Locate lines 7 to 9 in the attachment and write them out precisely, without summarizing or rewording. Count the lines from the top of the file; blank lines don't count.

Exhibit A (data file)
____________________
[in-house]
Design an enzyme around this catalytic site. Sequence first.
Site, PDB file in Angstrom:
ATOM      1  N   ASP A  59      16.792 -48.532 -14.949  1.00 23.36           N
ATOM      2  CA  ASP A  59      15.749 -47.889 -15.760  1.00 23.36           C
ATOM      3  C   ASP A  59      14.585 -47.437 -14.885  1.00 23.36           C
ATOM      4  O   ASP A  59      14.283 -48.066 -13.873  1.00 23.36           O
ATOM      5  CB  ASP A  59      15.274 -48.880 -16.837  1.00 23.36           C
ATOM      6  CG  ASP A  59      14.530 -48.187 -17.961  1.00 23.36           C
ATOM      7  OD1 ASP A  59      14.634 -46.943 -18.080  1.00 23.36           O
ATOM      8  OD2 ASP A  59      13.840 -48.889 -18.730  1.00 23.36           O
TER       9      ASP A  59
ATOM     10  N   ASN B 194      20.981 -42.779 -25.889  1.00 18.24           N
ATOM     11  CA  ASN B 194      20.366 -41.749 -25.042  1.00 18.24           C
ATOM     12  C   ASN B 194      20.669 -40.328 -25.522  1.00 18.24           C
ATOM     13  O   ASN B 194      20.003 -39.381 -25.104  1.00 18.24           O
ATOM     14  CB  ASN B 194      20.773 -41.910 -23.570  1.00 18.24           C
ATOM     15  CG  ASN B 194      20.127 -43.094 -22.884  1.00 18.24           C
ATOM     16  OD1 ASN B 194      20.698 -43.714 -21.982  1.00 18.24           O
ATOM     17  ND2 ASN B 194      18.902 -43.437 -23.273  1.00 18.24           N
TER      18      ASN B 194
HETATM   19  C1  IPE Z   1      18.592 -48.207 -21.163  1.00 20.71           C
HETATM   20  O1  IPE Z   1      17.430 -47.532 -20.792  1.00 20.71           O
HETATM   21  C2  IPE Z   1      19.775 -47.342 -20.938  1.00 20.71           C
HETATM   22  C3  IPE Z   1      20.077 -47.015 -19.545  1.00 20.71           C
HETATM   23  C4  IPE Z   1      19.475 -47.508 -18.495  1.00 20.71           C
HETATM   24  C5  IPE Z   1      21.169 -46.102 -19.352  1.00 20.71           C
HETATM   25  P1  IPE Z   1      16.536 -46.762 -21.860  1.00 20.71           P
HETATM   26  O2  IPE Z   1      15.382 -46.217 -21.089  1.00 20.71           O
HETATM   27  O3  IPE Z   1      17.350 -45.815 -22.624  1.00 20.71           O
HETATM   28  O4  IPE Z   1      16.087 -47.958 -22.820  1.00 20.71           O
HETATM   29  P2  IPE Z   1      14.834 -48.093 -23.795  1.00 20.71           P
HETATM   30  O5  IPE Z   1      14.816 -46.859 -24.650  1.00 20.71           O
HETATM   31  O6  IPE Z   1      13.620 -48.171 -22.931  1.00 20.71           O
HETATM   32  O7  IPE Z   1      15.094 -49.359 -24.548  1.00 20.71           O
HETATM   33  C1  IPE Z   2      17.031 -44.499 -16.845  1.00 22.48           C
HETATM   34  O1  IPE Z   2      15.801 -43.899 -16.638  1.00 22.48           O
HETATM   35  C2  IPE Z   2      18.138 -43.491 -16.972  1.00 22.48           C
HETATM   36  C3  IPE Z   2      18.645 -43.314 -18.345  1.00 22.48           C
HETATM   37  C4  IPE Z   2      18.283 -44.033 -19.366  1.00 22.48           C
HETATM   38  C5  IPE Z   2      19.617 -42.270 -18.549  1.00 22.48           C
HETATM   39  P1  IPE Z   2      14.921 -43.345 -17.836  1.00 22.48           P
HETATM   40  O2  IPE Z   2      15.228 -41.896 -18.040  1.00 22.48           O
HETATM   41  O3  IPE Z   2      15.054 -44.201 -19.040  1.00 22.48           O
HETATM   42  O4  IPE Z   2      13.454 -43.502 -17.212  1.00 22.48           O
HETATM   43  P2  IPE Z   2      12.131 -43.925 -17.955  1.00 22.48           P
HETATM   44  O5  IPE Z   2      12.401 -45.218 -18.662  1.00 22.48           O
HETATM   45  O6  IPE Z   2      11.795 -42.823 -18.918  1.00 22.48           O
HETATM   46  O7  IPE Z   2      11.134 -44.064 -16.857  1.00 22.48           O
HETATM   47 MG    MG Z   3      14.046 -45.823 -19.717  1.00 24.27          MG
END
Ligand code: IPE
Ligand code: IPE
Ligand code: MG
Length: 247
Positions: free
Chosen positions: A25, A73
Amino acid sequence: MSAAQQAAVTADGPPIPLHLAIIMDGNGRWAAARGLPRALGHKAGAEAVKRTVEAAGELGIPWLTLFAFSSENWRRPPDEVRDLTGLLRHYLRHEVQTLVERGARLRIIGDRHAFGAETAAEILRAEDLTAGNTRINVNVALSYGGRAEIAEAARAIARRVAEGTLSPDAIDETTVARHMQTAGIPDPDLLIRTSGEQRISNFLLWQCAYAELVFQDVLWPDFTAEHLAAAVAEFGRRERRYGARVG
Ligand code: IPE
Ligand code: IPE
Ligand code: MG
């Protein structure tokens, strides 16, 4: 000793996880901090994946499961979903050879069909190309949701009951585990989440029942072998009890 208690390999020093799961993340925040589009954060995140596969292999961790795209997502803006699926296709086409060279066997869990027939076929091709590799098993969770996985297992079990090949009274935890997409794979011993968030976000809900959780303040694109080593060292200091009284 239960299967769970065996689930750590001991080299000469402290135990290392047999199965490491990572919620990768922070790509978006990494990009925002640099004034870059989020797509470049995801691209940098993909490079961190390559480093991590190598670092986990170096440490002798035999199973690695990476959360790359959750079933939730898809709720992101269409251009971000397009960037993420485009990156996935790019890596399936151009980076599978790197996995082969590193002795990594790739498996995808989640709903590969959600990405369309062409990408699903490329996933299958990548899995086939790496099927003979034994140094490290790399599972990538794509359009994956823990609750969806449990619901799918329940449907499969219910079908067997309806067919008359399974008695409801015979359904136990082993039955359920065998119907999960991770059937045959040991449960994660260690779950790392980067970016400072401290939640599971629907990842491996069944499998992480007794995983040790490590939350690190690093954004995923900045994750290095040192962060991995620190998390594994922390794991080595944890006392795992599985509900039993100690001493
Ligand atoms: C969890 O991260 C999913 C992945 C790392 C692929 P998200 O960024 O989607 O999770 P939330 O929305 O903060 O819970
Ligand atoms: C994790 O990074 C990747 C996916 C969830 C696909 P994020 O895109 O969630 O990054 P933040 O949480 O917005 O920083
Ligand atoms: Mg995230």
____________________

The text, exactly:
ATOM      4  O   ASP A  59      14.283 -48.066 -13.873  1.00 23.36           O
ATOM      5  CB  ASP A  59      15.274 -48.880 -16.837  1.00 23.36           C
ATOM      6  CG  ASP A  59      14.530 -48.187 -17.961  1.00 23.36           C